. Will it work or will it not work out? Will there be something left after this disaster or will life as I have known it be washed away? I think the author of this letter to the Church at Corinth was on to something when he debunked the naïve notion that human thought and perfect reasoning will work it all out. I paraphrase:
the symbol of death on a cross as the possibility of new life is foolishness to those who cant see it, but to those of us who are being redeemed by this message, it is all-powerful. You can have the wisdom of those who think they are wise any day. But I would rather take the foolishness of God!
Living in the Tragic Gap
I am sure that to live today with truth and authenticity we must stand between what we may see as opposites and hold them in tension and resist the temptation to collapse one into the other. And that is not an easy place to be. I put the picture of the cross on the cover of this order of service this morning because it is a reminder that the founder of our religion, the pioneer of our way of being in the world, had to stand and live within the tragic gap of what was and what could be.
The symbol of Jesus arms spread. In one hand he holds a world of pain and suffering; a world of violence and hate. But he does not abandon that world to its ultimate fate. In his other hand he holds the new world of forgiveness and compassion; of hope and wholeness. But neither does he collapse into that new world order, for if he did he would desert the world he lived in and was willing to die for. It does seem foolishness to hold on to both the good and the bad; the true and the false; the right and the wrong; the respectable and the unrespectable. And yet what has the wisdom of this world that tries to expunge the bad, eliminate the false, annihilate the wrong and crush the unrespectable brought us? Surely more violence, more pain and more unhappiness?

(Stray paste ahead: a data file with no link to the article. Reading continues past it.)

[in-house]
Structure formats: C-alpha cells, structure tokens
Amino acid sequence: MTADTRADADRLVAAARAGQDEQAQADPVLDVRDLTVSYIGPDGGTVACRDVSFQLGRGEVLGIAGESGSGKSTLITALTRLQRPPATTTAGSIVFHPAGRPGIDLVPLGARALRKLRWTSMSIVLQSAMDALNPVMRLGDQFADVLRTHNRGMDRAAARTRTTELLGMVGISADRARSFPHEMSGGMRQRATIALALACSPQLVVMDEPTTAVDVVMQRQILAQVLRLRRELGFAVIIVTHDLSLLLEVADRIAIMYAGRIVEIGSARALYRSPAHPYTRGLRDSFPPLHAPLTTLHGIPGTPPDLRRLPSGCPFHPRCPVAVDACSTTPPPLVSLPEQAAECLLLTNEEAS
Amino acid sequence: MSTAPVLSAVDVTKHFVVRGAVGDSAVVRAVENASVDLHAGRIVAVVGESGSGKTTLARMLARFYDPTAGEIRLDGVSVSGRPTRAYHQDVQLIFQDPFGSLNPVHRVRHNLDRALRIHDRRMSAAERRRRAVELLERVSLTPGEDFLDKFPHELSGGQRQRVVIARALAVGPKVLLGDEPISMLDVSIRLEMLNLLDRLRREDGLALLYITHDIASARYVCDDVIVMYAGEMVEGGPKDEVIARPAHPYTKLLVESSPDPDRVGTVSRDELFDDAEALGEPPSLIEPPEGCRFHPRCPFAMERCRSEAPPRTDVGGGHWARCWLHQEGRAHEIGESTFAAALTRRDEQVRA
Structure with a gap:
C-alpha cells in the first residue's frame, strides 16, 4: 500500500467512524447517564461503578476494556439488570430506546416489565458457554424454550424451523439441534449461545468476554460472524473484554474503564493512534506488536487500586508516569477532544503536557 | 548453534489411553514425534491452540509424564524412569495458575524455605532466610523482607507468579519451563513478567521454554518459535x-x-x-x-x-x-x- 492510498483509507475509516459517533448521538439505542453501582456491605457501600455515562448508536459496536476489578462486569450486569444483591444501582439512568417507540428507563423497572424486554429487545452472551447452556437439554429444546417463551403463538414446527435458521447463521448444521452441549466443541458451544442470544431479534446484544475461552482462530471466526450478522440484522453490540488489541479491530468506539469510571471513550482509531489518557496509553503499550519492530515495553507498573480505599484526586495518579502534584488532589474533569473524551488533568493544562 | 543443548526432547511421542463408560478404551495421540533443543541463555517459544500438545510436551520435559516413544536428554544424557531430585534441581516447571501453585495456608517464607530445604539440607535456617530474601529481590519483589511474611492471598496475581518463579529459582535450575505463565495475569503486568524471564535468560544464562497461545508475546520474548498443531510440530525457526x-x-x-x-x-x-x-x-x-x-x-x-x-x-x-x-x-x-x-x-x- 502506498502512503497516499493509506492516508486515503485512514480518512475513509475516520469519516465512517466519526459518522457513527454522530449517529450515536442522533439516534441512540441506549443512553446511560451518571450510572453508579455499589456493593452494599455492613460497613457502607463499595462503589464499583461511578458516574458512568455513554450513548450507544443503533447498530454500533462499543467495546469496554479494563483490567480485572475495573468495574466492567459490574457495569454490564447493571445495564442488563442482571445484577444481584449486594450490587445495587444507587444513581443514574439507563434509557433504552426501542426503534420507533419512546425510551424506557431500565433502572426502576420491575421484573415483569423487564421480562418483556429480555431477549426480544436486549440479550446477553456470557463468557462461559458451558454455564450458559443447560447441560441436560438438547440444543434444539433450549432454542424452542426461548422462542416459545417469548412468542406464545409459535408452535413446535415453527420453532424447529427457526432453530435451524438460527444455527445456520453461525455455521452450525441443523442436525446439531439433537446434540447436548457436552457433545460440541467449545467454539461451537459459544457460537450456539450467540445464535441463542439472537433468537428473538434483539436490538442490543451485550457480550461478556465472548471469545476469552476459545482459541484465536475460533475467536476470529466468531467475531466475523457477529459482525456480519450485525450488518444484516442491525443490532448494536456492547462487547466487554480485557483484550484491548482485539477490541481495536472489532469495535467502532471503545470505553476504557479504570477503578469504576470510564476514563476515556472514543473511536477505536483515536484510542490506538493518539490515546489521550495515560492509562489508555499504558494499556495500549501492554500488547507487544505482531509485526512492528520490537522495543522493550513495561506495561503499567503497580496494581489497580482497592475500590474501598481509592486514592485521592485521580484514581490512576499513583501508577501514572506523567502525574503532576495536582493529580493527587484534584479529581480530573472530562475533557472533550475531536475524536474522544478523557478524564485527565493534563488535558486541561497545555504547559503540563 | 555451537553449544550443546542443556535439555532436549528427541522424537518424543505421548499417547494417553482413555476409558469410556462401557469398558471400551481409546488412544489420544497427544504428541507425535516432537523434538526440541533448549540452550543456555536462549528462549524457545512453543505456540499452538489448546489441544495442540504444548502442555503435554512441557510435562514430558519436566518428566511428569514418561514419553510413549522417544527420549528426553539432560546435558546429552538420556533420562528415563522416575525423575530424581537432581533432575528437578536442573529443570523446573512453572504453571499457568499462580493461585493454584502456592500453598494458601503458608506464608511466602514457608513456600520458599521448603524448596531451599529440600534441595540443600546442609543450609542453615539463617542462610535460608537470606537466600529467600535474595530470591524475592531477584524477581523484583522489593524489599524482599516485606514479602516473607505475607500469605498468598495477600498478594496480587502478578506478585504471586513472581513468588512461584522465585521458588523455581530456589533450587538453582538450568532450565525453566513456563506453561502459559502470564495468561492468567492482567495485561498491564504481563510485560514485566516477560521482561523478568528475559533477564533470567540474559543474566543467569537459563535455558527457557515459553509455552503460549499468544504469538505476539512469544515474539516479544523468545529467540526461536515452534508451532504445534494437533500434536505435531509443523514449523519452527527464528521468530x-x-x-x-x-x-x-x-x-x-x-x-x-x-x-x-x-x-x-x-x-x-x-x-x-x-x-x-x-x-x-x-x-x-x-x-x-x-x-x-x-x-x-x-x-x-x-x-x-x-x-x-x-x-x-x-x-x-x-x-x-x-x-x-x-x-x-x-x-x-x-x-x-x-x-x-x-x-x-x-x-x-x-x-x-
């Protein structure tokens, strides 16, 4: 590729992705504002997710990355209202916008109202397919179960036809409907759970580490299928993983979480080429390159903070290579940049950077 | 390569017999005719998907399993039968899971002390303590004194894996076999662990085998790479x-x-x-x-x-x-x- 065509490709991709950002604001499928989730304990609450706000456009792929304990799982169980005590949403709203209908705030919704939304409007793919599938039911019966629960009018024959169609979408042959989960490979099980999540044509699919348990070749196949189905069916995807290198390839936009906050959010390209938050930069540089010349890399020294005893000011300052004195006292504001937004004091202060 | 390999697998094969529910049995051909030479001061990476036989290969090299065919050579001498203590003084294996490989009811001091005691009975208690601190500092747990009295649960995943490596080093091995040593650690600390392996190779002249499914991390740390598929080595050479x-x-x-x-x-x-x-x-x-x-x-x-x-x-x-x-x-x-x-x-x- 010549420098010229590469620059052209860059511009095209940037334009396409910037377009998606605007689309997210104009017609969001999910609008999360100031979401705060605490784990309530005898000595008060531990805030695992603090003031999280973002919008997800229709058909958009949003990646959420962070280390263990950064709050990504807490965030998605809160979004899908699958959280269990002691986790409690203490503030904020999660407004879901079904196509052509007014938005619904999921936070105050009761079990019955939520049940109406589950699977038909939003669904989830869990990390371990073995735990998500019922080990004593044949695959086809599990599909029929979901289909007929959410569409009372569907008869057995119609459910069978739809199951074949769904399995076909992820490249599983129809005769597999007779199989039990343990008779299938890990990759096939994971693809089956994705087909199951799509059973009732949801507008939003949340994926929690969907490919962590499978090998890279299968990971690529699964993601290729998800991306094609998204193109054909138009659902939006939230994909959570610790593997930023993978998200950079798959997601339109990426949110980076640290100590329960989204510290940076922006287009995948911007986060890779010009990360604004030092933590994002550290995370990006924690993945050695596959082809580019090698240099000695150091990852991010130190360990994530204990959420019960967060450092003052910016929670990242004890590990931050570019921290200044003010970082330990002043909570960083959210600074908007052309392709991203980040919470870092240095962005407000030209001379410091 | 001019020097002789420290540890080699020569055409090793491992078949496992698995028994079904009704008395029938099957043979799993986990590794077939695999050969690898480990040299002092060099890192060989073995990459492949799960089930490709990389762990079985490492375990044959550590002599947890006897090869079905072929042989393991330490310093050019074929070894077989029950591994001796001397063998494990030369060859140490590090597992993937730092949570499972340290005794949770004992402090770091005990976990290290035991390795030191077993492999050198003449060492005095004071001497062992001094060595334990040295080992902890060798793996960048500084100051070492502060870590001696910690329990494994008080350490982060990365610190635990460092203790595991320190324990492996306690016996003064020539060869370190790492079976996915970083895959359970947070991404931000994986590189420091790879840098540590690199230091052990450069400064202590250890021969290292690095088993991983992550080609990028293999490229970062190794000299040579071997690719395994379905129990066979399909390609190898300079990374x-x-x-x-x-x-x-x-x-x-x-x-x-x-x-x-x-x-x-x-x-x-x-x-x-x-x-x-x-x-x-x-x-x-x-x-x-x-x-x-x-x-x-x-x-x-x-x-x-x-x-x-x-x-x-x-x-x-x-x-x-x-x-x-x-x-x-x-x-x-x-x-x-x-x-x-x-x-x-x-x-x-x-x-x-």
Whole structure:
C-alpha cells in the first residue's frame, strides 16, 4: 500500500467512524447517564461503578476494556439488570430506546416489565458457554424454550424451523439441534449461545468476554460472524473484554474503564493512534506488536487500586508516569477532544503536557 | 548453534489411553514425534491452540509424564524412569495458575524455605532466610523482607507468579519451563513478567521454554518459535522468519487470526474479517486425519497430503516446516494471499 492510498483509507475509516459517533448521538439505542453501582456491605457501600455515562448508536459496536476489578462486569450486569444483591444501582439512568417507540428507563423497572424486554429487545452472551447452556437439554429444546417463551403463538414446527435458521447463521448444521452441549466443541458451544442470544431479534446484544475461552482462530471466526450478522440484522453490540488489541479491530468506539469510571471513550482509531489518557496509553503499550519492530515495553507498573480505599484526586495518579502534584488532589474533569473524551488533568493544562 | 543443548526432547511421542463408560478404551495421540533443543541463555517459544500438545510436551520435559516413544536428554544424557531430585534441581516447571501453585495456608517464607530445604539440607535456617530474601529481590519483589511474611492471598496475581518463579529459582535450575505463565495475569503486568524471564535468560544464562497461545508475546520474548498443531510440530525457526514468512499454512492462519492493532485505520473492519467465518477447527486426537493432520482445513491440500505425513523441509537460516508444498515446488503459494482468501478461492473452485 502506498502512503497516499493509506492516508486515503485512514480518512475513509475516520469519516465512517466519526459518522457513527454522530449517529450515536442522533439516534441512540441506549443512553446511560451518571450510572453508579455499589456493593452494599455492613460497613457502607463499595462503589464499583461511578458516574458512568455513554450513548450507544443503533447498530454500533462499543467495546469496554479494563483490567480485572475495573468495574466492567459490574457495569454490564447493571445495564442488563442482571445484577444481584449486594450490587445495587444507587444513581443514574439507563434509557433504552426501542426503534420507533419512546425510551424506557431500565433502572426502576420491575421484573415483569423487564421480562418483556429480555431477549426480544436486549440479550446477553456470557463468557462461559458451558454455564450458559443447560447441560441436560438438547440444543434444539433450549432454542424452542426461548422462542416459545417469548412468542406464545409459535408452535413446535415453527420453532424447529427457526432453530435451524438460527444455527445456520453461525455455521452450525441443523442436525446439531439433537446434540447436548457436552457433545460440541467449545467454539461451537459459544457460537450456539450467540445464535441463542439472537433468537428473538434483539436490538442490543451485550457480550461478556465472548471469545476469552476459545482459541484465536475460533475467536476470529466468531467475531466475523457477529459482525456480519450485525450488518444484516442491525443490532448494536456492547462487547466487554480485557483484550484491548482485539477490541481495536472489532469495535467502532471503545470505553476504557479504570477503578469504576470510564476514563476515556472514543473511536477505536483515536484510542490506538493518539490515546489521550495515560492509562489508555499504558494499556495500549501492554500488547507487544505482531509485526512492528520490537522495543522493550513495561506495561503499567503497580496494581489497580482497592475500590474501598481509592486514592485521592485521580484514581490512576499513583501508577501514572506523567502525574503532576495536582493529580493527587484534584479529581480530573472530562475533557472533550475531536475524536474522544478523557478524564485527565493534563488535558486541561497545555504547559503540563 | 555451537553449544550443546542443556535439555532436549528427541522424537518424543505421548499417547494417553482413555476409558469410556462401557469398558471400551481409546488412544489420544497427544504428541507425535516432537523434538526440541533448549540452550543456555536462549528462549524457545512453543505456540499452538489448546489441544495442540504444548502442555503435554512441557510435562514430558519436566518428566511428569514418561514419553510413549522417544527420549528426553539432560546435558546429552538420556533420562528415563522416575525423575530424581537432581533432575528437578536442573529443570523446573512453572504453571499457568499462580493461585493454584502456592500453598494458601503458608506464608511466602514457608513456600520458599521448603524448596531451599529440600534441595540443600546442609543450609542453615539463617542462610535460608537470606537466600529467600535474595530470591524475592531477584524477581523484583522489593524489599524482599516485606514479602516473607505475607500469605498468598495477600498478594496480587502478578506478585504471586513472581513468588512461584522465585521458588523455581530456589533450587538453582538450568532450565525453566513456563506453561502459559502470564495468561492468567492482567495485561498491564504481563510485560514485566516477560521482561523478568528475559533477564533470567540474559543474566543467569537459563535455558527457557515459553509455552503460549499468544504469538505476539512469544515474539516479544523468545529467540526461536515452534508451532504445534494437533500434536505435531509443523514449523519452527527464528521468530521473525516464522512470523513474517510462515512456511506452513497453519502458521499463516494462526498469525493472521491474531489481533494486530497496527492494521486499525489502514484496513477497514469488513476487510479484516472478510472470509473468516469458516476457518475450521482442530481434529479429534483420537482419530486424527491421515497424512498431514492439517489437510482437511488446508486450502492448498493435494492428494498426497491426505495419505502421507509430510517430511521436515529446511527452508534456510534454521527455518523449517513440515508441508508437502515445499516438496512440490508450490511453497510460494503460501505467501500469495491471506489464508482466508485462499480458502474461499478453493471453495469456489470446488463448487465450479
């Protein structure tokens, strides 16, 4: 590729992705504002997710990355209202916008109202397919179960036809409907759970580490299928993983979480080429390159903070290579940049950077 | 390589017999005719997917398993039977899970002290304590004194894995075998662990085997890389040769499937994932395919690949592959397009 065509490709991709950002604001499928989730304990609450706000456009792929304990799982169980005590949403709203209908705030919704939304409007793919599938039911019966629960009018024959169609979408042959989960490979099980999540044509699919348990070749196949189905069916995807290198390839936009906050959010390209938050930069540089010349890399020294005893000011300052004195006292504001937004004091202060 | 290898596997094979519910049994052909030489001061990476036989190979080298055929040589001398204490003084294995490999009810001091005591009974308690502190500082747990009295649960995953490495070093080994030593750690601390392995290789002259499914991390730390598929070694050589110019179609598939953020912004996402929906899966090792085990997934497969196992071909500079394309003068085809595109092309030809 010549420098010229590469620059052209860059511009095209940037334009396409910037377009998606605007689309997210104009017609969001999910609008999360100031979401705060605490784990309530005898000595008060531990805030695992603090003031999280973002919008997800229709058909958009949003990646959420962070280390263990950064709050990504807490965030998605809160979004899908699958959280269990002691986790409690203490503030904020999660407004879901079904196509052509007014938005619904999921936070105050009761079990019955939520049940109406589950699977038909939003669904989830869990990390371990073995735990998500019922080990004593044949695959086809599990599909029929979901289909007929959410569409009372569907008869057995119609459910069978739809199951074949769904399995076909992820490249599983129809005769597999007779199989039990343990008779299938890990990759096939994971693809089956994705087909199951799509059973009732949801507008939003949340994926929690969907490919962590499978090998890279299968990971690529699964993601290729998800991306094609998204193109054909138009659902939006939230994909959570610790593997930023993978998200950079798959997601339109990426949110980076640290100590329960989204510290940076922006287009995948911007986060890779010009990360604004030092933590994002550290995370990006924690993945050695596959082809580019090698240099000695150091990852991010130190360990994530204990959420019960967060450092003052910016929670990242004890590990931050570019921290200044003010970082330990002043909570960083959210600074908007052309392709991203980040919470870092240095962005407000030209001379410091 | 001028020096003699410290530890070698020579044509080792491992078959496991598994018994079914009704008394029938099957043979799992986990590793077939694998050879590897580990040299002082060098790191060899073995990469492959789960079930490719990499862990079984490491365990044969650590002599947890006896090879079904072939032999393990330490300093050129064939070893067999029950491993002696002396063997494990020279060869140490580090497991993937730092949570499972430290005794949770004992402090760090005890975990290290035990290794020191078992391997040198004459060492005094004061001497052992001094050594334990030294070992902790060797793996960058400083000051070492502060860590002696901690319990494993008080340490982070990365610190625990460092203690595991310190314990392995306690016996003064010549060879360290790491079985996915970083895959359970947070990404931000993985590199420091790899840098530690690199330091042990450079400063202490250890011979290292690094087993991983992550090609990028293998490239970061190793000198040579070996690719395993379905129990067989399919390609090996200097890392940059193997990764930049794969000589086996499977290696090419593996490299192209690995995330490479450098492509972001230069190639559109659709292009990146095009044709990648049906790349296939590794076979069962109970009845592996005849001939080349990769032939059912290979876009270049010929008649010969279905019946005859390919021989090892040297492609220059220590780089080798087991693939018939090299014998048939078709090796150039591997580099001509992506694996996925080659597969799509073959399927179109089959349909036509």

Ok, enough doom and gloom for a Sunday morning. I do want you to leave here feeling better than when you entered. But I also want each person, and myself included, to know that life is not easy. Perhaps you all know the famous quote attributed to the former Prime Minister Malcolm Fraser? He was quoted as saying, "Life wasnt meant to be easy!" This was used by the newspapers of the day to demonstrate that he was cold and uncaring. Some years later he told an interviewer that he was actually quoting George Bernard Shaw who said "Life is not meant to be easy, but my child take courage: it can be delightful."
I would love to sit with that for some time . But my child, take courage: it can be delightful. The remarkable thing is that when we see life as it is; when we see all of life, not just half of it - life as both love and despair; joy and sadness; hope and fear - we actually see life, and we begin to live fully. There really is little point living half a life, that is, the good bits, the fun bits and the bits that keep us from embracing the tensions every life brings. The author and poet Stephen Levine brushes against this in his poem We Walk through Half our Life.
We walk through half our life
as if it were a fever dream
barely touching the ground
our eyes half open
our heart half closed.
Not half knowing who we are
we watch the ghost of us drift
from room to room
through friends and lovers
never quite as real as advertised.
Not saying half we mean
or meaning half we say
we dream ourselves
from birth to birth
seeking some true self.
Until the fever breaks
and the heart cannot abide
a moment longer
as the rest of us awakens,
summoned from the dream,
not half caring for anything but love.